MCAD Tech News: 2D to 3D #10

12 Jan, 2005 By: Arnie Williams

Cadalyst MCAD Tech News

Competitive Advantage

Magove Moves to 3D — and New Automotive Business — with Alibre Design

For most of its history, since the mid-1960s, Tultitlan, Mexico-based Magove has relied on 2D design. From its drafting tables, the company moved to AutoCAD in the early days of that software and used it through Release 13. Though it started out manufacturing simple mechanical replacement parts, the company soon moved into designing custom machinery, robotic cells and quality-assurance equipment for the food and drug industry. But as Magove expanded into designing fixtures for gauging automotive plastic parts, the company found it needed to move beyond 2D to be competitive.

3D Helps Meet Customer Demands
In earlier days, Magove engineers took care of simple but necessary 3D tasks using workaround routines they wrote in-house, but the design and manufacture of gauging for fashioning plastic parts for automotive dashboards and door paneling could not be done efficiently in 2D.

Figure 1. These fixtures, gauges for the back door panel of a Volkswagen Beetle, were originally designed in Germany using CATIA software. VW Mexico wanted a set of features added to the original German fixtures, so Magove engineers imported the original design (shown in light yellow) to add all the extra details in Alibre Design (shown in different colors).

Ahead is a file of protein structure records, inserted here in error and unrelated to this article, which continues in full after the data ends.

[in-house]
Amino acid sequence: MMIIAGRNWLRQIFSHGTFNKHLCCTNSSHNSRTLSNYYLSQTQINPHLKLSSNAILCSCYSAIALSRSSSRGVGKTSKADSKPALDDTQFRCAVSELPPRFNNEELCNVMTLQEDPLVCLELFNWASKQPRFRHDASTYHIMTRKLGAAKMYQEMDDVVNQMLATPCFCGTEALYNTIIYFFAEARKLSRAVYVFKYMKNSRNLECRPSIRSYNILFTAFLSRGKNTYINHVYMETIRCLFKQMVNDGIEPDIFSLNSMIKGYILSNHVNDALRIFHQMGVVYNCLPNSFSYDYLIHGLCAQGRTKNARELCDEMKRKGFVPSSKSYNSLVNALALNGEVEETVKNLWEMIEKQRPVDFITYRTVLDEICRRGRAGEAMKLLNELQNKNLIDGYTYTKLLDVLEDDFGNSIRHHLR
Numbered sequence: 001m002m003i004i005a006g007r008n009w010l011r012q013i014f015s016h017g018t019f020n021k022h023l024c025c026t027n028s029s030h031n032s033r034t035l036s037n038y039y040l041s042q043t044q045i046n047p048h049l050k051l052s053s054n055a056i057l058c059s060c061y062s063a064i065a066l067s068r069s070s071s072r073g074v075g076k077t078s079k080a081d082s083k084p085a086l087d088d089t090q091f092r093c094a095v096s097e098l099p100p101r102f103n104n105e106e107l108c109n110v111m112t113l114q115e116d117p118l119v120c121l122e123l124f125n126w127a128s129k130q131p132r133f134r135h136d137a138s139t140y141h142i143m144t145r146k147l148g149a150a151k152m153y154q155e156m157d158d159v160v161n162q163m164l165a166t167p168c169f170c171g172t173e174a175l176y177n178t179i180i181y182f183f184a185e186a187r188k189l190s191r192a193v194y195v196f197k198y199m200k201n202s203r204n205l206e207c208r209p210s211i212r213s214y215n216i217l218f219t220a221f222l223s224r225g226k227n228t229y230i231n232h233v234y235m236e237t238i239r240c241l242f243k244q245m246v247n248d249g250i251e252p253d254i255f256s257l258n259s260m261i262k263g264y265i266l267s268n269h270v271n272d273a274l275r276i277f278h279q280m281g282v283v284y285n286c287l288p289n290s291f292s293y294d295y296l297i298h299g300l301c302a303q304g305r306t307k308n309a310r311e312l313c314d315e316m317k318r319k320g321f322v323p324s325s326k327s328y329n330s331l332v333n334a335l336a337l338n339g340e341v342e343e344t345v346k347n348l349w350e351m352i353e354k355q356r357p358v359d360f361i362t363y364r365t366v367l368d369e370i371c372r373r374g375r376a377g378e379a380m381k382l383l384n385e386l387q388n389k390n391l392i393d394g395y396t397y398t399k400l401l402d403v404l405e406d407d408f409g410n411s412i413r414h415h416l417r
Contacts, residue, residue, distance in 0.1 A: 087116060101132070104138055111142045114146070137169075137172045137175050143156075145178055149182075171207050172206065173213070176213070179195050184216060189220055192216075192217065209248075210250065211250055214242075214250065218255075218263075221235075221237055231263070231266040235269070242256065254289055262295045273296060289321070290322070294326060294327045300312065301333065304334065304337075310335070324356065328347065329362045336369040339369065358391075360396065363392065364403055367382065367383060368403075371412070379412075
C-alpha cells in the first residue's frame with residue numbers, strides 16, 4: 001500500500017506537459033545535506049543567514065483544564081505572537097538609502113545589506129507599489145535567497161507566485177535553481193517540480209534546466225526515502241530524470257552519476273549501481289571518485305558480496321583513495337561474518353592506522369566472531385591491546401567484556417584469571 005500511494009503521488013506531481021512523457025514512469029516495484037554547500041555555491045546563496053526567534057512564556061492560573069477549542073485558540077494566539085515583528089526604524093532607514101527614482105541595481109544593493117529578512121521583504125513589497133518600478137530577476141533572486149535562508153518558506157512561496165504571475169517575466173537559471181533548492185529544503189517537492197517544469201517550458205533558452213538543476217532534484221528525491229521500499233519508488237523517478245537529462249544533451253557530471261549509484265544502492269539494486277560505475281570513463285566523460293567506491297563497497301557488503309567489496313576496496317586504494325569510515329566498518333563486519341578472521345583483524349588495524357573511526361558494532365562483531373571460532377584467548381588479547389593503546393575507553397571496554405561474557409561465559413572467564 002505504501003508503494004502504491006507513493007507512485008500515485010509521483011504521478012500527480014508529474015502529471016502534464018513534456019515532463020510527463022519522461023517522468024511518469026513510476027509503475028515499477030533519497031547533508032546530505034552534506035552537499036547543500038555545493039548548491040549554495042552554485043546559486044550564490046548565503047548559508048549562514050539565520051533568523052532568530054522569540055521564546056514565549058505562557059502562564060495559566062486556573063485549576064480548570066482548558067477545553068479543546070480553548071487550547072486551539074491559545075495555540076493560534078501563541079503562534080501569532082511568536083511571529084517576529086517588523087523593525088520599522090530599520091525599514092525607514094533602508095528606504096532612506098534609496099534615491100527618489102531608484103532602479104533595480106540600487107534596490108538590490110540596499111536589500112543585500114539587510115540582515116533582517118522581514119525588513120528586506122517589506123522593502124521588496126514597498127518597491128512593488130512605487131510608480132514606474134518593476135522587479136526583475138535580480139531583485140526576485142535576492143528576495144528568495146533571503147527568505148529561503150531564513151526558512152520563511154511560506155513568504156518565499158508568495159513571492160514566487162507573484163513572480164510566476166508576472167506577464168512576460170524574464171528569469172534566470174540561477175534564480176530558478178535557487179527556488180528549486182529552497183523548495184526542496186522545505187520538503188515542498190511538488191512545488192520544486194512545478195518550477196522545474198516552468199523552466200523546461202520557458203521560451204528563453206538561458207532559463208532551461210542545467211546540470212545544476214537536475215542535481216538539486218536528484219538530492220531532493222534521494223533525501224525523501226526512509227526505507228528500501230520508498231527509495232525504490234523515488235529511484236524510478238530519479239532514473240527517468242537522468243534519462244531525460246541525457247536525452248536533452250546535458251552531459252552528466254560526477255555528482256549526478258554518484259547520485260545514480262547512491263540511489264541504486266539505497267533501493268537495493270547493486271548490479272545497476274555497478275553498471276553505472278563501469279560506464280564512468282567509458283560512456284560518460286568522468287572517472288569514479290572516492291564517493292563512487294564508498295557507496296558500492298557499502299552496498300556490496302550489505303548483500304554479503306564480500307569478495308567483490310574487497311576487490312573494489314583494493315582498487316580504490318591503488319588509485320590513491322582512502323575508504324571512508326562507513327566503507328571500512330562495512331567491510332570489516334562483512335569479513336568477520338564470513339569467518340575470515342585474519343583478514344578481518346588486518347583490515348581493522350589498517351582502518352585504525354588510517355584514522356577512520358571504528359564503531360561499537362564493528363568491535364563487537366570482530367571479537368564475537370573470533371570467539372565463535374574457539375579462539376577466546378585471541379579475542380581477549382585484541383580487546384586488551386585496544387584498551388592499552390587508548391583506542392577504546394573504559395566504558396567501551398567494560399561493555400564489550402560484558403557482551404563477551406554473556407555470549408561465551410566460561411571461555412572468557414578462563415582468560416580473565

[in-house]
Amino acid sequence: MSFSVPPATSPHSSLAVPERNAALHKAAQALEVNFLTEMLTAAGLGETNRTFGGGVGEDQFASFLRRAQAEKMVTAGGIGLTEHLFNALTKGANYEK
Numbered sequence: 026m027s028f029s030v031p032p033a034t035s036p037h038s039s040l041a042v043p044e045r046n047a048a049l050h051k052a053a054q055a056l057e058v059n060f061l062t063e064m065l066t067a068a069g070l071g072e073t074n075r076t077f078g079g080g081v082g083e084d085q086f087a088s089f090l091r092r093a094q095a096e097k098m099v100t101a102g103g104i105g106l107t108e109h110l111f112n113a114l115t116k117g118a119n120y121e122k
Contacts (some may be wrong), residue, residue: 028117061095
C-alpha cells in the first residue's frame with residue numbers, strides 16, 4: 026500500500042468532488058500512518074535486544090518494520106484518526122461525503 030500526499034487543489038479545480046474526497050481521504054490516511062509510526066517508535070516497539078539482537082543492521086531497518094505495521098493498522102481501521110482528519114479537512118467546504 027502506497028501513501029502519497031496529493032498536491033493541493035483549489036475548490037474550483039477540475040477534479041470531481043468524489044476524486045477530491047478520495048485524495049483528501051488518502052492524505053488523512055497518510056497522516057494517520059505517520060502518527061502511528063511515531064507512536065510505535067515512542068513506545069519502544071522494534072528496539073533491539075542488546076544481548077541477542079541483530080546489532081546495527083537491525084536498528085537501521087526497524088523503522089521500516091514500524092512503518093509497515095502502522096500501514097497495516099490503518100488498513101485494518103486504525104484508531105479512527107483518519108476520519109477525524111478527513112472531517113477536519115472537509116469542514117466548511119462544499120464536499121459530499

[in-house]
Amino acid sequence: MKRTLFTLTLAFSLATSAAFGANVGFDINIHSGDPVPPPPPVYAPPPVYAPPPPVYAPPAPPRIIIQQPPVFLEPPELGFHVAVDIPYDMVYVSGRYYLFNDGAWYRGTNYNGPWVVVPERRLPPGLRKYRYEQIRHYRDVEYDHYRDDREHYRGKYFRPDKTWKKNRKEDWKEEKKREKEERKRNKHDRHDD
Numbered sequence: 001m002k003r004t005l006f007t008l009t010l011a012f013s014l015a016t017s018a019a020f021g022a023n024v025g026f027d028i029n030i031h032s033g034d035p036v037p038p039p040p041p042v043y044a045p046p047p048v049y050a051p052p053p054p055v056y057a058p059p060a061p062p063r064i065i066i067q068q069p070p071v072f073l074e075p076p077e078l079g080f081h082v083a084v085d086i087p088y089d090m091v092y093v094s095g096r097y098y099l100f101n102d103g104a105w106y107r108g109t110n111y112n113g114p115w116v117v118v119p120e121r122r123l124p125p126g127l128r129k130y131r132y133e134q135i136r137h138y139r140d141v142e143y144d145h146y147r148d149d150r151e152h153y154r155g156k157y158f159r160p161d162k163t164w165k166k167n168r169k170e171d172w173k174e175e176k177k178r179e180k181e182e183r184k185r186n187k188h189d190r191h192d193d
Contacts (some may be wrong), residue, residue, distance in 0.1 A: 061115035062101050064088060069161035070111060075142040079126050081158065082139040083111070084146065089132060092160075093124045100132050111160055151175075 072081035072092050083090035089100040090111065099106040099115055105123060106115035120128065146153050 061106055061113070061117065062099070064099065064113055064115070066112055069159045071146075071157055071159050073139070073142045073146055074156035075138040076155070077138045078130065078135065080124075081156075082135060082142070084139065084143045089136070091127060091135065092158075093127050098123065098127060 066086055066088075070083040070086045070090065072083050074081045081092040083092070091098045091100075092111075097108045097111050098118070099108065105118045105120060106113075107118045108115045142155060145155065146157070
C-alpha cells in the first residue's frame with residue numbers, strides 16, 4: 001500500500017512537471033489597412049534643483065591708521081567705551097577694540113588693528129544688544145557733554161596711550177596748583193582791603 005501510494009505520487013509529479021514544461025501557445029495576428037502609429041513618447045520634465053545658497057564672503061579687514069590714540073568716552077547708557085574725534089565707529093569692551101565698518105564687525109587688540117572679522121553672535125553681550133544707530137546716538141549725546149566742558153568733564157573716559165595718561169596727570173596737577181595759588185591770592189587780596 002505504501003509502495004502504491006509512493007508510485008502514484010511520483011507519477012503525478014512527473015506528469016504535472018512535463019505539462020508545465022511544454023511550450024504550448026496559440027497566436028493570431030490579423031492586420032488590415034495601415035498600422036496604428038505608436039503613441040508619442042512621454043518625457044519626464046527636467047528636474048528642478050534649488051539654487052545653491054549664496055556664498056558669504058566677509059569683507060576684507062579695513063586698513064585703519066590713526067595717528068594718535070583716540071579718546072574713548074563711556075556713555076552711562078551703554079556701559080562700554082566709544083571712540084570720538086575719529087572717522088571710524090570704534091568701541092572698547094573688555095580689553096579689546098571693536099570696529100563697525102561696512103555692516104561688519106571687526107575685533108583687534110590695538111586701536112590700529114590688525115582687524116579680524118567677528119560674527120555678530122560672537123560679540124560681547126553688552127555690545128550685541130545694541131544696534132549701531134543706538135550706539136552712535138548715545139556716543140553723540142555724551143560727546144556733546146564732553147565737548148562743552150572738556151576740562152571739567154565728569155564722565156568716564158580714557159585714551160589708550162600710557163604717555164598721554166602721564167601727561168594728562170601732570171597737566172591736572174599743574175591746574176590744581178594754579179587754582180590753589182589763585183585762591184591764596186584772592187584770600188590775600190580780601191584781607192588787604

To be successful in this new business and meet the demands of its second-tier automotive clients, Magove head engineer Gaspar Acevedo knew the company required full-fledged 3D software. After first evaluating Autodesk Mechanical Desktop, Acevedo elected to give Alibre Design software a try, taking advantage of a 30-day free trial. Within the trial period, Acevedo was able to bring several mechanical parts to production, and he was sold.

Now all three engineers at Magove use Alibre Design, and the company has a firm hold on the automotive plastic-parts business. "The automotive plastics gauge design and fabrication we do now (figure 1) would be impossible in 2D," says Acevedo, "primarily because we are dealing with free surfaces. We don't even get printed drawings sometimes, just 3D CAD data for the glove box, door panel, and so on."

Better Client Communications
Acevedo applauds Alibre's use of STEP as its native file format, which lets the company easily exchange data files with its automotive clients who mostly use CATIA and Unigraphics software.

Magove also fulfills many requests for custom-designed machinery, which requires a great deal of back-and-forth with the client. The client communication benefits realized by moving from 2D to 3D can't be overemphasized, says Acevedo — especially with custom designs. "You need as much input as you can get from the client early in the design phase," he says. "Because 2D drawings are so complex to understand, it can take hours of review to comprehend what's happening. With 3D, anyone can understand what's going on in a matter of minutes."

The transition from 2D to 3D was made less painless for Magove engineers by Alibre's thorough online technical support, notes Acevedo. He says the tutorials included with the software give a very thorough grounding in 3D concepts and Alibre Design features, adding that nothing compares with one-on-one phone and online support direct from Alibre software developers.